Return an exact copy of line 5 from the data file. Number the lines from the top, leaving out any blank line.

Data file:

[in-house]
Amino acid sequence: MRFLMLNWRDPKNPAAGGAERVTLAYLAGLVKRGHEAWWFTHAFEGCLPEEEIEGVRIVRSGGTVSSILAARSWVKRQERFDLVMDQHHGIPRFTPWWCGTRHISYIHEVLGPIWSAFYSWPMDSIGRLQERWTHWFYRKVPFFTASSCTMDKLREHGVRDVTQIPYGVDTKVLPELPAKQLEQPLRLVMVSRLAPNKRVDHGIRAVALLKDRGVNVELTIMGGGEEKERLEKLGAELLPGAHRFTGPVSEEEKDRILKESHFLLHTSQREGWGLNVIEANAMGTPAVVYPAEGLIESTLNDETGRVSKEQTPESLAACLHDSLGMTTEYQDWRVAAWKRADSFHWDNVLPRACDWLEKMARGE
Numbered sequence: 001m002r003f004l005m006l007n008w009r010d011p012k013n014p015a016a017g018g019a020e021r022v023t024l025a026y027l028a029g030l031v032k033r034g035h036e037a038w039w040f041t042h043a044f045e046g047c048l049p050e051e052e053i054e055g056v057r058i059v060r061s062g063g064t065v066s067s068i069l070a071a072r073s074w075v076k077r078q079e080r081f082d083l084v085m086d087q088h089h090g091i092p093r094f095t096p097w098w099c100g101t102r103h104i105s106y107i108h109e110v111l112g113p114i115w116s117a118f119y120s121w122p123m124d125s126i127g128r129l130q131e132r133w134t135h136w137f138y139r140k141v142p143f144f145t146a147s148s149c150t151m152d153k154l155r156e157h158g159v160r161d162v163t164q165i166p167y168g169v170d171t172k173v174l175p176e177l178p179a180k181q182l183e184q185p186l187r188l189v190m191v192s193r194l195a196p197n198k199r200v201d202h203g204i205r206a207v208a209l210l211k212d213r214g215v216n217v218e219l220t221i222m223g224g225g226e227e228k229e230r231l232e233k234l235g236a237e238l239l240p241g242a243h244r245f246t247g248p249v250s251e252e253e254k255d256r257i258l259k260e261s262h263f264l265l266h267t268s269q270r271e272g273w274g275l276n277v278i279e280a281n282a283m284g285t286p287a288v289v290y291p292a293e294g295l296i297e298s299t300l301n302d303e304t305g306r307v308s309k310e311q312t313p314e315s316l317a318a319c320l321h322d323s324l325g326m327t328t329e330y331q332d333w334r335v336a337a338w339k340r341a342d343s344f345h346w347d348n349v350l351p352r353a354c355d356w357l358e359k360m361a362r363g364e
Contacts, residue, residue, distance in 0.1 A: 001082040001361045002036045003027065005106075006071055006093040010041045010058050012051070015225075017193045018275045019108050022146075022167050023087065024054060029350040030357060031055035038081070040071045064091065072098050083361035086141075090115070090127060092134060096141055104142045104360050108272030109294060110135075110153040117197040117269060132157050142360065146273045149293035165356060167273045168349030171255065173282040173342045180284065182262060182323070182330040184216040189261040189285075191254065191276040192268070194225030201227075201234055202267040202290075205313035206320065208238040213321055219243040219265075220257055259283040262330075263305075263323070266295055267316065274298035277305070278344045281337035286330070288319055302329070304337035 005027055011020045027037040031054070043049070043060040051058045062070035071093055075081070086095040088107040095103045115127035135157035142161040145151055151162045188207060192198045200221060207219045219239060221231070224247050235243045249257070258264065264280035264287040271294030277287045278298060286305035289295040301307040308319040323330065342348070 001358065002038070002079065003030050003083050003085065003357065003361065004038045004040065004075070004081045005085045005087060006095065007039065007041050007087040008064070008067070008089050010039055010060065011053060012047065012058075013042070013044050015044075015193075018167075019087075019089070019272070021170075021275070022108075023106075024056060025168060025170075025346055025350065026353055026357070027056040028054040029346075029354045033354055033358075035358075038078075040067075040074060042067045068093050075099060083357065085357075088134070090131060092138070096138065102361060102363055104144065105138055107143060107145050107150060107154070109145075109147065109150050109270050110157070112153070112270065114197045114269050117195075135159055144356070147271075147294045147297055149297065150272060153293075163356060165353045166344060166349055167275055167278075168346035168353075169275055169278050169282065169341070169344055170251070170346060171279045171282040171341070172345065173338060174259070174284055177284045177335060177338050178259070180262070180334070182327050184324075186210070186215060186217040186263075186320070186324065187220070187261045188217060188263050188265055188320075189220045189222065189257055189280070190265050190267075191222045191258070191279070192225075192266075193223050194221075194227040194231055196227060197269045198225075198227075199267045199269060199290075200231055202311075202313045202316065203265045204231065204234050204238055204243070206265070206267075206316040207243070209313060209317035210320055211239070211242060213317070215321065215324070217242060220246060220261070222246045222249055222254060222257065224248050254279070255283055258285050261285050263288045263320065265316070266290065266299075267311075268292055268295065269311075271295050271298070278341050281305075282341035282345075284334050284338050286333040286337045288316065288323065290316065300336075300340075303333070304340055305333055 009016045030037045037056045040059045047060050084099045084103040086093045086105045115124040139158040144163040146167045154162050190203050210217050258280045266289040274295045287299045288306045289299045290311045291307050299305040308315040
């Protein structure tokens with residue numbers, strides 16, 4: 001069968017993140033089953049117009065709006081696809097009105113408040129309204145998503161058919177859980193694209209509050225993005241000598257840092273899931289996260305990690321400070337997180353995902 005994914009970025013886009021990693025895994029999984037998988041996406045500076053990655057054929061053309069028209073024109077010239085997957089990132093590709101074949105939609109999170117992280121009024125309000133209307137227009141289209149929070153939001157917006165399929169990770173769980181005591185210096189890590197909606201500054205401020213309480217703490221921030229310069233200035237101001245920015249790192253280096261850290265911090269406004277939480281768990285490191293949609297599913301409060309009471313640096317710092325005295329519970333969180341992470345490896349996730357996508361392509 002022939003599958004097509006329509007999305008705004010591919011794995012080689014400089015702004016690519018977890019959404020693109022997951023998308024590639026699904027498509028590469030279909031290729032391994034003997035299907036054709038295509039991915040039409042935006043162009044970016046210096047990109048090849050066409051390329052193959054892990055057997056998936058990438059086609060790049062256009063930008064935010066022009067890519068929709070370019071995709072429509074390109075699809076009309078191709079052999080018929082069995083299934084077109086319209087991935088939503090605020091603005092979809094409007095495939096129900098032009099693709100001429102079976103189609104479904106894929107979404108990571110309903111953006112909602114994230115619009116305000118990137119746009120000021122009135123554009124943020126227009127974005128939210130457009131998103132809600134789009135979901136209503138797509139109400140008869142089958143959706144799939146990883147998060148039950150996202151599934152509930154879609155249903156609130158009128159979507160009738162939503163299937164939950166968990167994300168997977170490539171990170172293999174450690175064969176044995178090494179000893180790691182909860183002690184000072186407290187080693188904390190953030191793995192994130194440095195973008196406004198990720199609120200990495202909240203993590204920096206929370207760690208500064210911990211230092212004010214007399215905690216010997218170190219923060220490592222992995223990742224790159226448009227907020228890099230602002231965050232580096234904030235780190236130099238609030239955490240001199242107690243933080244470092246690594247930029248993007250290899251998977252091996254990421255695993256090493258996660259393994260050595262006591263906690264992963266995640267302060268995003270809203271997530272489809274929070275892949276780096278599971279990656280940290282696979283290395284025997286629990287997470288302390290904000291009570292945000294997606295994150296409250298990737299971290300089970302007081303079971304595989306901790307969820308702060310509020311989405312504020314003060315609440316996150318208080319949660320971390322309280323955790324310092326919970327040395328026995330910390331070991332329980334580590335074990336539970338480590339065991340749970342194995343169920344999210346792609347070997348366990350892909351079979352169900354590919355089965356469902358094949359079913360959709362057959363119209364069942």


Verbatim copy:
């Protein structure tokens with residue numbers, strides 16, 4: 001069968017993140033089953049117009065709006081696809097009105113408040129309204145998503161058919177859980193694209209509050225993005241000598257840092273899931289996260305990690321400070337997180353995902 005994914009970025013886009021990693025895994029999984037998988041996406045500076053990655057054929061053309069028209073024109077010239085997957089990132093590709101074949105939609109999170117992280121009024125309000133209307137227009141289209149929070153939001157917006165399929169990770173769980181005591185210096189890590197909606201500054205401020213309480217703490221921030229310069233200035237101001245920015249790192253280096261850290265911090269406004277939480281768990285490191293949609297599913301409060309009471313640096317710092325005295329519970333969180341992470345490896349996730357996508361392509 002022939003599958004097509006329509007999305008705004010591919011794995012080689014400089015702004016690519018977890019959404020693109022997951023998308024590639026699904027498509028590469030279909031290729032391994034003997035299907036054709038295509039991915040039409042935006043162009044970016046210096047990109048090849050066409051390329052193959054892990055057997056998936058990438059086609060790049062256009063930008064935010066022009067890519068929709070370019071995709072429509074390109075699809076009309078191709079052999080018929082069995083299934084077109086319209087991935088939503090605020091603005092979809094409007095495939096129900098032009099693709100001429102079976103189609104479904106894929107979404108990571110309903111953006112909602114994230115619009116305000118990137119746009120000021122009135123554009124943020126227009127974005128939210130457009131998103132809600134789009135979901136209503138797509139109400140008869142089958143959706144799939146990883147998060148039950150996202151599934152509930154879609155249903156609130158009128159979507160009738162939503163299937164939950166968990167994300168997977170490539171990170172293999174450690175064969176044995178090494179000893180790691182909860183002690184000072186407290187080693188904390190953030191793995192994130194440095195973008196406004198990720199609120200990495202909240203993590204920096206929370207760690208500064210911990211230092212004010214007399215905690216010997218170190219923060220490592222992995223990742224790159226448009227907020228890099230602002231965050232580096234904030235780190236130099238609030239955490240001199242107690243933080244470092246690594247930029248993007250290899251998977252091996254990421255695993256090493258996660259393994260050595262006591263906690264992963266995640267302060268995003270809203271997530272489809274929070275892949276780096278599971279990656280940290282696979283290395284025997286629990287997470288302390290904000291009570292945000294997606295994150296409250298990737299971290300089970302007081303079971304595989306901790307969820308702060310509020311989405312504020314003060315609440316996150318208080319949660320971390322309280323955790324310092326919970327040395328026995330910390331070991332329980334580590335074990336539970338480590339065991340749970342194995343169920344999210346792609347070997348366990350892909351079979352169900354590919355089965356469902358094949359079913360959709362057959363119209364069942």